Wednesday, July 1, 2015

Someone's not a Fan of the NRA

The gentleman who wrote this article isn't a fan of the NRA. However, his credibility is tied up in one paragraph:
If I hate the NRA so much, why did I buy a gun at 37? As a meat eater with no particular desire to become a vegetarian, I wanted to confront the fact of killing animals for food. Once I took up hunting, I discovered that I relished the time I spent off the grid. Some might scratch this itch with a weekend camping trip. I chose to trudge into the woods before dawn, often in freezing temperatures, to keep a silent vigil in the trees as the morning light begins to filter through the branches. I rarely see a deer. Such a contemplative, frequently fruitless endeavor isn’t for everyone, but it suits me.
That's right. His opinion is worth listening to because he's a hunter. That's the only piece of credibility that he brings to the table. Well, that and the fact of the NRA's admittedly annoying robocalls.

One of his main points is that the NRA, with only 5 million members, doesn't represent the majority of gun owners. He's technically right about that, but he draws the wrong conclusion. While there are a number of Fudds like the article's author running around with only hunting rifles and not caring about any of that pesky gun control, large numbers of people who hold views somewhat in line with the NRA don't donate for whatever reaon, and there's also a significant number of gun owners who hold views far beyond those of the NRA. Those gun owners (such as myself) will, if they have the spare cash, be members of other gun rights organizations. I'm personally a member of Gun Owners of America and the National Association for Gun Rights, both of which are considerably more hardline than the NRA. Now, I'm also a member of the NRA, but, in light of past performance, the NRA has proven willing to either accept limitations upon the right to keep and bear arms (in fact, the NRA supported the National Firearms Act of 34), I donate to the GOA and NAGR to keep the NRA honest.

He uses the usual guilt trip tactics - providing examples of gun use by criminal or deranged individuals, even going so far as to call handgun supporters "handgun apologists".
Last Feb. 10 in Chapel Hill, N.C., 15 miles from my home in Durham, three young Americans of Middle Eastern descent were murdered by a home invader. The killer was their neighbor, notorious and feared around the apartment complex for flashing his perfectly legal concealed handgun. Without his weapon, he would have been an angry but perhaps harmless, crank. With it, he snuffed out three lives in a matter of seconds. The deaths affected our community profoundly — everyone seemed to know someone who knew the victims.
Handgun apologists see nothing wrong with this killer possessing both a gun and a carry permit, because he had no prior record. In the moral reasoning that NRA has honed to soundbite perfection, it was his choice to commit a crime. The gun didn’t shoot itself.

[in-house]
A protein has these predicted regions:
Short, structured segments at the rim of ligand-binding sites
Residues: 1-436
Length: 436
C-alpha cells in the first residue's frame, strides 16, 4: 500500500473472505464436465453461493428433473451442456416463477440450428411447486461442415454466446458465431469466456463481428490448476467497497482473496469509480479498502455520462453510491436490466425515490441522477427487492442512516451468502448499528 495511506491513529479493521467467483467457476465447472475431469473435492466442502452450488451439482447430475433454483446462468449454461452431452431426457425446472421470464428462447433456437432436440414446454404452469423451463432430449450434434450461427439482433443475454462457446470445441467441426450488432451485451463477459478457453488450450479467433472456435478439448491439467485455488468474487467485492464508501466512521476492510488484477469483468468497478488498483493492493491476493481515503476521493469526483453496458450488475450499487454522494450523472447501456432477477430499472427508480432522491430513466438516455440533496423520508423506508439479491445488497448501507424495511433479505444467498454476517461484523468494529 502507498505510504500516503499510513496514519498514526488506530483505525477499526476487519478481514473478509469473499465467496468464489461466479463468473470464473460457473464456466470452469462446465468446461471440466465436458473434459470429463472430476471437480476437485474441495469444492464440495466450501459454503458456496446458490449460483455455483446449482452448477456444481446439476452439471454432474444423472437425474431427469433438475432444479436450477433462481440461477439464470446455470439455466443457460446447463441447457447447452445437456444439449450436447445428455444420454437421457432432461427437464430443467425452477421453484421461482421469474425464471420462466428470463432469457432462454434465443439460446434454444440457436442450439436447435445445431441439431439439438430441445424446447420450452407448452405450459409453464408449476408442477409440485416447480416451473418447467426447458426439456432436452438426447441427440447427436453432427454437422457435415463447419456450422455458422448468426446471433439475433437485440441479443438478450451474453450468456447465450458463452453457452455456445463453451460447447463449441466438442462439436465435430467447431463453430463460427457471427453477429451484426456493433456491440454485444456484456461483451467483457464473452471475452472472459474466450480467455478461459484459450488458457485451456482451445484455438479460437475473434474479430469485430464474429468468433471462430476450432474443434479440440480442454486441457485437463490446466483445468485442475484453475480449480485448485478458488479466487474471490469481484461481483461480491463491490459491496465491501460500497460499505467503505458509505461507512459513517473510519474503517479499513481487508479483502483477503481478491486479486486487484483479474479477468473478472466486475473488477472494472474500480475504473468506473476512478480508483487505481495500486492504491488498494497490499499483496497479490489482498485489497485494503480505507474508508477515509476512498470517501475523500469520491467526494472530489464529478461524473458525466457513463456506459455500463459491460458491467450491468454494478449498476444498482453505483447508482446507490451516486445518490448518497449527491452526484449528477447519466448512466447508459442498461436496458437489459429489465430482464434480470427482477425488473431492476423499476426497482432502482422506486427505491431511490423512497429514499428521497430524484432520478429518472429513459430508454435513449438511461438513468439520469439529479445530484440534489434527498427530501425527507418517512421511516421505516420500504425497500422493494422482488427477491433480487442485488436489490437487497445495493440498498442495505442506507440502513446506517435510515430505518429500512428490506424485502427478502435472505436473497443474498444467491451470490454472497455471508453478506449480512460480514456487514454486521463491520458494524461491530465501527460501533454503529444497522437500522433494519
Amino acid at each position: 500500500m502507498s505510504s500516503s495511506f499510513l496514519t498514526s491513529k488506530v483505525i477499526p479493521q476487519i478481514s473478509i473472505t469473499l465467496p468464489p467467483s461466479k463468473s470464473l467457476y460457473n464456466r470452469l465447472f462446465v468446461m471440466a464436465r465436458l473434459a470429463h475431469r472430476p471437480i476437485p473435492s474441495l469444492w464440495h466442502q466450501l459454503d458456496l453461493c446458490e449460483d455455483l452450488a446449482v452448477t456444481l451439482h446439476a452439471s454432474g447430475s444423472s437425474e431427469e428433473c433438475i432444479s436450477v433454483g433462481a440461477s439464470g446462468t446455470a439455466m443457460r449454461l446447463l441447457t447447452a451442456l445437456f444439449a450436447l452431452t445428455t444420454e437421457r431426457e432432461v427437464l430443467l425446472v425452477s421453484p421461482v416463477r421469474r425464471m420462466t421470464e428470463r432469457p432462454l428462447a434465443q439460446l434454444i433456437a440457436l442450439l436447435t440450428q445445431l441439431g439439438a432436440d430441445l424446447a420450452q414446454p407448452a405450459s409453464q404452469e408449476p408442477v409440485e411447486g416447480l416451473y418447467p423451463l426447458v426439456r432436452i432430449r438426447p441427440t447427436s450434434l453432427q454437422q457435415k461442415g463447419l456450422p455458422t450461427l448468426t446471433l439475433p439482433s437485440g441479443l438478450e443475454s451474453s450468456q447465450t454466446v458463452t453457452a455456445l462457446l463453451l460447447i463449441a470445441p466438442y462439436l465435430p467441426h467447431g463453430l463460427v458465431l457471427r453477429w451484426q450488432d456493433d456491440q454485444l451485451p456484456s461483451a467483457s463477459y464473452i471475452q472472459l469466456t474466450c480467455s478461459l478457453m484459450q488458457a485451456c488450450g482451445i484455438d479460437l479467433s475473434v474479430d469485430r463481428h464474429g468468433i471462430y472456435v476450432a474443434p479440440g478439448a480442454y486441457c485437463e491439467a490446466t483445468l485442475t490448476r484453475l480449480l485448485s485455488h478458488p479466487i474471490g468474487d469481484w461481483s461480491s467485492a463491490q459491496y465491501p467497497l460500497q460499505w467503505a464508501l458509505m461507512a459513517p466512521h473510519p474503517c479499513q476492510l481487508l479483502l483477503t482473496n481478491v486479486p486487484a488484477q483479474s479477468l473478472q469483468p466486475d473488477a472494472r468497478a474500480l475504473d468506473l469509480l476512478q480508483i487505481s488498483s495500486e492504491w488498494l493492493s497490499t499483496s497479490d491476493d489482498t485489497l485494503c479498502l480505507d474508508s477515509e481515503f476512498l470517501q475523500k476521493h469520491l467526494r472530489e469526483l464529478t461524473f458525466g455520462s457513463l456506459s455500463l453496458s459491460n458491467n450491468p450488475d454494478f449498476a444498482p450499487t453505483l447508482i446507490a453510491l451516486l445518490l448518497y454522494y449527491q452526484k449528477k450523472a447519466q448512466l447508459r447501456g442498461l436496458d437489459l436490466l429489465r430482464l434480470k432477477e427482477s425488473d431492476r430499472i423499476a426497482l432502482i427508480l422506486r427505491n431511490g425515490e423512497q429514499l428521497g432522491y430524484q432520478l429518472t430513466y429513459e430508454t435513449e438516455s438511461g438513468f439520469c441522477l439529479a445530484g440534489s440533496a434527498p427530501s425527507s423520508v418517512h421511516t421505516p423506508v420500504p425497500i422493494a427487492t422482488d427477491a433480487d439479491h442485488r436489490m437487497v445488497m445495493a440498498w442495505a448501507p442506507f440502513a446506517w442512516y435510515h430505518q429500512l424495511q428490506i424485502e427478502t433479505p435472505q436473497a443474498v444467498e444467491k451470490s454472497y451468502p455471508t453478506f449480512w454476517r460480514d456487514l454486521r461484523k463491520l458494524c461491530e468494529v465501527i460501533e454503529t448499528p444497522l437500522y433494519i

There's a lot of things wrong with this excerpt. Let's start with the idea that "without his weapon, he would have been an angry but perhaps harmless, crank". Has he ever heard of mass stabbings? The killer wouldn't have needed a gun. For three men, all you really need is a big knife and the element of surprise (and depending upon the victims, not even that). Next, the idea that those of us who support gun rights are "handgun apologists". That seems to imply that handguns are the cause of the crime, rather than the tool used to commit it. Are we to regulate just what sort of cars people can drive because of drunk drivers?

While we North Carolinians reel from the killing of Deah Shaddy Barakat, Yusor Mohammad Abu-Salha and Razan Mohammad Abu-Salha, our legislators continue to chip away at gun laws, an anti-business, anti-faith agenda that has forced shopkeepers, restaurateurs, barkeeps, schoolmasters and clergy to post “no-gun” signs on their doors.
I'm not sure how it's anti-business or anti-faith to make someone post a "no-guns" sign on their door if they don't want guns in their establishment. The only problem I have with it is that, with such a sign, you're announcing to the world that your shop is a safe place to rob/hold a mass shooting in. Or has it slipped your notice that every single successful mass shooting happened in a no gun zone or another place where the shooter could be reasonably confident that no one had a gun?

I agree with the NRA on one point: Tightening controls on gun ownership will not eliminate gun violence. And it may not do much to address the psychopathology of young men who commit mass murder. Timothy McVeigh and the Tsarnaev brothers committed their crimes with bombs, while Adam Lanza, with no criminal record, inexplicably stole his mother’s guns, murdered her, and headed off to Sandy Hook Elementary School.
 At least he's honest enough to admit that gun control won't stop gun crime. Too bad he isn't honest enough to admit that more gun control doesn't mean less crime, and in fact, often results in more violent crime.